How do you feel towards the end of August?  Are you wistful, sad and mourning the end of the carefree days of the summer season?  Are you eager to start a new Fall season??  Do you experience the September Scaries, which could relate to a fear, hesitancy or discomfort about the upcoming school year???

Interestingly, many non-student adults experience an inner tension, anxiety or hesitancy at the end of the summer.  This could be parents who are sad to send their kids back to school.  Conversely, it could be a sense of relief for sending kids back to school or an excitement for what’s to come in the new academic year.

Depending on our early experiences with our time in school, non-student adults who experienced discomfort or anxiety related to school can experience tension or dread related to a phantom new school year approaching.  We hold a deeply-embedded body memory of the significant discomfort and early traumas.  I was certainly one of those people.  For many years after school, I still associated September with the beginning of the new year (not just a new academic year – that’s how significant it felt in my activated nervous system).  While there were some aspects of school that I enjoyed, there were some experiences and dynamics that I really wanted to avoid.  Social dynamics and the difficulties that they could present were some of my biggest fears.

When I noticed myself experiencing tension in late August many years ago, I was relieved to learn about this social phenomenon.  I wasn’t the only adult feeling this way!  Consciously or unconsciously, many adults may experience an underlying discomfort that relates our experiences in this way.  Many of us store deeply imbedded, unprocessed trauma that elicit strong emotions, cognitions and physical sensations.  These responses can become activated unconsciously at this time of year and we may have no idea why.  It’s important to raise our awareness around this so that we’re not projecting it onto others (eg. children) and to be taking care of our inner needs.

Ways to manage and soothe the discomfort involve labelling and understanding it.  Next, we need to have compassion and empathy for the scared, uncomfortable inner child who was not looking forward to the upcoming school year.  We want to care for the fact that we may have suppressed the anxiety and held it in so that we wouldn’t frustrate, concern or inconvenience others.  We could have seen other kids excited to go back, or to be getting their supplies together for the new year, while we were putting on fake smiles and wishing that summer would never end.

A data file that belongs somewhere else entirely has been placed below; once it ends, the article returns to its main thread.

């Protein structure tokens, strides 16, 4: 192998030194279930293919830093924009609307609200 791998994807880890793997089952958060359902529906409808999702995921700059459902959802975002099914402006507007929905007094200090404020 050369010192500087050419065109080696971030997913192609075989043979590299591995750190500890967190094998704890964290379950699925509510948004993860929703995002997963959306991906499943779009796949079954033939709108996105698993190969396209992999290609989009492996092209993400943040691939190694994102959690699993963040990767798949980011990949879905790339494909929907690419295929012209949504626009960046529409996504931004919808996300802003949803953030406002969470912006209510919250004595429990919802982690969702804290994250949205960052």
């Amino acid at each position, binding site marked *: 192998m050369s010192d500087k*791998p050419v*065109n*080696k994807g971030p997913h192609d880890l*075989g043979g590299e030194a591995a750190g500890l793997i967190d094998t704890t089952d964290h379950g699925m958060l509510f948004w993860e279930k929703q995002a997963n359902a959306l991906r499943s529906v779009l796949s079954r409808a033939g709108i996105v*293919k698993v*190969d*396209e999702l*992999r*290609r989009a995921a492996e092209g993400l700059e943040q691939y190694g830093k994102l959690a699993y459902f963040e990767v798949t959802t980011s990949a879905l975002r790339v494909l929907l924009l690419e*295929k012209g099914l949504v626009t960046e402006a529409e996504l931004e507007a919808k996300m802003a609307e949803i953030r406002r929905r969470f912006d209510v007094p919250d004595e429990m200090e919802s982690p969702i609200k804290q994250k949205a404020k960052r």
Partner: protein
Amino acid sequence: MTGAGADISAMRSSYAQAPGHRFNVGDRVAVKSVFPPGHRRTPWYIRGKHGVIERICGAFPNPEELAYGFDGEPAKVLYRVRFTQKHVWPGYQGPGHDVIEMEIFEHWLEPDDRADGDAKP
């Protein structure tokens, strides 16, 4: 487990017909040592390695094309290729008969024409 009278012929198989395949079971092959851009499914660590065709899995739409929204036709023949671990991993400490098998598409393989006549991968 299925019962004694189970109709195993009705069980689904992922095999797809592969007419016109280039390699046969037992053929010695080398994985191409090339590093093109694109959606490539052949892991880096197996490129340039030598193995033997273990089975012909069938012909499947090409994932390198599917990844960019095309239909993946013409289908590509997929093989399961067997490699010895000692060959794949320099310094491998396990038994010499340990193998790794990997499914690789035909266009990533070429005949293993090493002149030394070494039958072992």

Try meeting yourself in the way you needed to be comforted and understood in your discomfort.  Allow yourself to experience, process and soothe any painful emotions that may arise.  Notice their impermanence, but also their intensity.  Provide your inner child with reassurance and strengthen your adult self’s understanding of capacity and capability of managing through inner discomfort.  Create routines and experiences where you get to identify aspects of the Fall that you enjoy (as Canadians, we’re lucky to experience transitional seasons and, hey, pumpkin season is just around the corner????), as well as the aspects of academia (learning, sharing knowledge, the good friends we had, the laughs, favourite afterschool activities, your interests at the time, the relief you felt after the school day was done, the people or pets you were able to see when you got home, favourite songs, television shows, etc.) that we were able to enjoy, or that kept you going.